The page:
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Options, Forwards, Bonds and No- Arbitrage Futures (McDonald, Chapters 1-2, Berk-Demarzo, Chapter 8)

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Short-Selling Example: Suppose you short-sell 100 IBM shares for $90 a share. After 90 days, you close your position at a time in which as share costs $92. If you pay a lease fee of $0.50 per share, what is your return over the 90 day period? 3-2

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Transactions Costs Buying and selling a financial asset –Brokers: commissions –Market-makers: bid-ask (offer) spread Example: Buy and sell 100 shares of XYZ –XYZ: bid = $49.75, offer = $50, commission = $15 3-3

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Forward Contracts Definition: a binding agreement (obligation) to buy/sell an underlying asset in the future, at a price set today Futures contracts are the same as forwards in principle except for some institutional and pricing differences. A forward contract specifies –The features and quantity of the asset to be delivered –The delivery logistics, such as time, date, and place –The price the buyer will pay at the time of delivery 3-4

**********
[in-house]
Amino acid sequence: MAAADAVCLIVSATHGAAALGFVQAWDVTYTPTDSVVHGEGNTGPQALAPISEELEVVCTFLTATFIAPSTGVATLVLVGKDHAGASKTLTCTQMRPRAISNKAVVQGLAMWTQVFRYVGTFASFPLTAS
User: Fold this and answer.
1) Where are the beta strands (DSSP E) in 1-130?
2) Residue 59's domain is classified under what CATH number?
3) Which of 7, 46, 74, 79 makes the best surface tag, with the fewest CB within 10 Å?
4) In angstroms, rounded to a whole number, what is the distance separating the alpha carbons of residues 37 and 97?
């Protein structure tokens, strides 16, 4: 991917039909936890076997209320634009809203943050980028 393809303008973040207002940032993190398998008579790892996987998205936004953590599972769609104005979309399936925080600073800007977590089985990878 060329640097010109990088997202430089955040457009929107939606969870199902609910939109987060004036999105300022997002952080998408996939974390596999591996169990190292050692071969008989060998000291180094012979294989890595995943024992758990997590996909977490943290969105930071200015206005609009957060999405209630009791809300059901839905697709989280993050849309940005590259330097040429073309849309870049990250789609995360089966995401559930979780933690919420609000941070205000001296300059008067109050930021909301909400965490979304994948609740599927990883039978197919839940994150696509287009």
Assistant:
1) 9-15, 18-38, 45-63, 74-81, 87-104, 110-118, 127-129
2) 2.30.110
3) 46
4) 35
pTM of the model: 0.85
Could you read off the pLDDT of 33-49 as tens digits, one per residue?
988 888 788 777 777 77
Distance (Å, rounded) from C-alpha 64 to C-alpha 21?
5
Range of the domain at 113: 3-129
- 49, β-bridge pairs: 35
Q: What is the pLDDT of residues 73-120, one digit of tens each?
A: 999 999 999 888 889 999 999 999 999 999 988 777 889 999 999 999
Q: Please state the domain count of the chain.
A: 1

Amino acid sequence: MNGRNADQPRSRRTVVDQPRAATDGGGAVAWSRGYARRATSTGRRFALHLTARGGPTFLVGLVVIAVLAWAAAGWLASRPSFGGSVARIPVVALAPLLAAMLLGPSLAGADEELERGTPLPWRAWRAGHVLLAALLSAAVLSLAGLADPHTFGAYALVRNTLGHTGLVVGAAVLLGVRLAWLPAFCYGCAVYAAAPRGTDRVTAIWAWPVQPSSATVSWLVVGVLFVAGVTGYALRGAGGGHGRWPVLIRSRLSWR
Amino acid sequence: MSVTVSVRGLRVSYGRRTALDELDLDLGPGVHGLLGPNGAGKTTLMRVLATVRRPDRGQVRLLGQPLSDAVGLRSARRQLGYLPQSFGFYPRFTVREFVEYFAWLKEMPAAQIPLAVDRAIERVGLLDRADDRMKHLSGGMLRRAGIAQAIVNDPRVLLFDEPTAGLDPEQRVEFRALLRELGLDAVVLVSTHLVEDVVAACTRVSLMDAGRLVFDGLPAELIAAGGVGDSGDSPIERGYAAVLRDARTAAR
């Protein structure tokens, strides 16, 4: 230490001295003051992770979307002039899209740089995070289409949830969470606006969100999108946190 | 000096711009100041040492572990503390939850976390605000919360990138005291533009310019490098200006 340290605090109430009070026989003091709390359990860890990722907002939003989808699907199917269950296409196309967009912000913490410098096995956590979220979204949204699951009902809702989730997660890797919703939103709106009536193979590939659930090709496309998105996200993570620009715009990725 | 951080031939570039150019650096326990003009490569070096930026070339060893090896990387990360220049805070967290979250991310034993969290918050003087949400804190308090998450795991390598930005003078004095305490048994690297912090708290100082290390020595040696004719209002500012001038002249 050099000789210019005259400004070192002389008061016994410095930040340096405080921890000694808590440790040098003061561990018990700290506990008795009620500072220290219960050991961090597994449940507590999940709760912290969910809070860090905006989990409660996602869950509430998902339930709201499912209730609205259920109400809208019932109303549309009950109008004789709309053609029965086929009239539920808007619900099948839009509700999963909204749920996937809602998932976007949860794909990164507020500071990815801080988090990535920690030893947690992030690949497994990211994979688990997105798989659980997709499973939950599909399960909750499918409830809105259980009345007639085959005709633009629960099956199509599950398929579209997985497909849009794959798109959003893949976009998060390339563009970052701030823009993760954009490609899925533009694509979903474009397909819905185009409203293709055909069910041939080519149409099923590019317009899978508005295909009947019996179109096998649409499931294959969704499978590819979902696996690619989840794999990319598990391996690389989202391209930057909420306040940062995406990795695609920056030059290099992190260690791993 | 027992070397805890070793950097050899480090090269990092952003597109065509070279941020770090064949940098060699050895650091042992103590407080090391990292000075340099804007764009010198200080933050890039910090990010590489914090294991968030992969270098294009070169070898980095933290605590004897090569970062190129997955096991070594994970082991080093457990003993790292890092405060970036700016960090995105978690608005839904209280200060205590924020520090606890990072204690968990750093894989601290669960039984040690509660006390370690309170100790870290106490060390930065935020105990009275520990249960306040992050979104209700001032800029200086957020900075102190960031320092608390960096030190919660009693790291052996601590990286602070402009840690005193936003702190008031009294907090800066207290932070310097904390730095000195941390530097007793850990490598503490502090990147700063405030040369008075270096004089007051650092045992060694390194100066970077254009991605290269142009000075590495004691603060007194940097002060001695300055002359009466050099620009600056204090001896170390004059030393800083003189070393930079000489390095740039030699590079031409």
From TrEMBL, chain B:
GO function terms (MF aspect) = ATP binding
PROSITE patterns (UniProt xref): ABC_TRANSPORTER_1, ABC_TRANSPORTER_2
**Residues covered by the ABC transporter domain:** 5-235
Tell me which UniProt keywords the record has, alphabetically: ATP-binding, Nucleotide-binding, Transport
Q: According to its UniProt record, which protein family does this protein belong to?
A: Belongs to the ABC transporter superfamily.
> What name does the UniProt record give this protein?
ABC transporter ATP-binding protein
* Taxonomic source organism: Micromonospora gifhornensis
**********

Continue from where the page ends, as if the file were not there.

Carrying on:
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Payoff on a Forward Contract Payoff for a contract is its value at expiration Payoff for –Long forward = Spot price at expiration – Forward price –Short forward = Forward price – Spot price at expiration Example 2.1: S&R (special and rich) index: –Today: Spot price = $1,000, 6-month forward price = $1,020 –In six months at contract expiration: Spot price = $1,050 Long position payoff = $1,050 – $1,020 = $30 Short position payoff = $1,020 – $1,050 = ($30) 3-5

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Long Position of Crude Oil March 2009 Contract Spot Crude January, 2009: $73 Future March, 2009: $75 $75 -$75 Crude price at expiration Payoff at expiration 3-6

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Short Position of Crude Oil March 2009 Contract Spot Crude January, 2009: $73 Future March, 2009: $75 $75 - $75 Crude price at expiration Payoff at expiration 3-7

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Additional Considerations Type of settlement –Cash settlement: less costly and more practical –Physical delivery: often avoided due to significant costs Credit risk of the counter party –Major issue for over-the-counter contracts Credit check, collateral, bank letter of credit –Less severe for exchange-traded contracts Exchange guarantees transactions, requires collateral 3-8

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Equation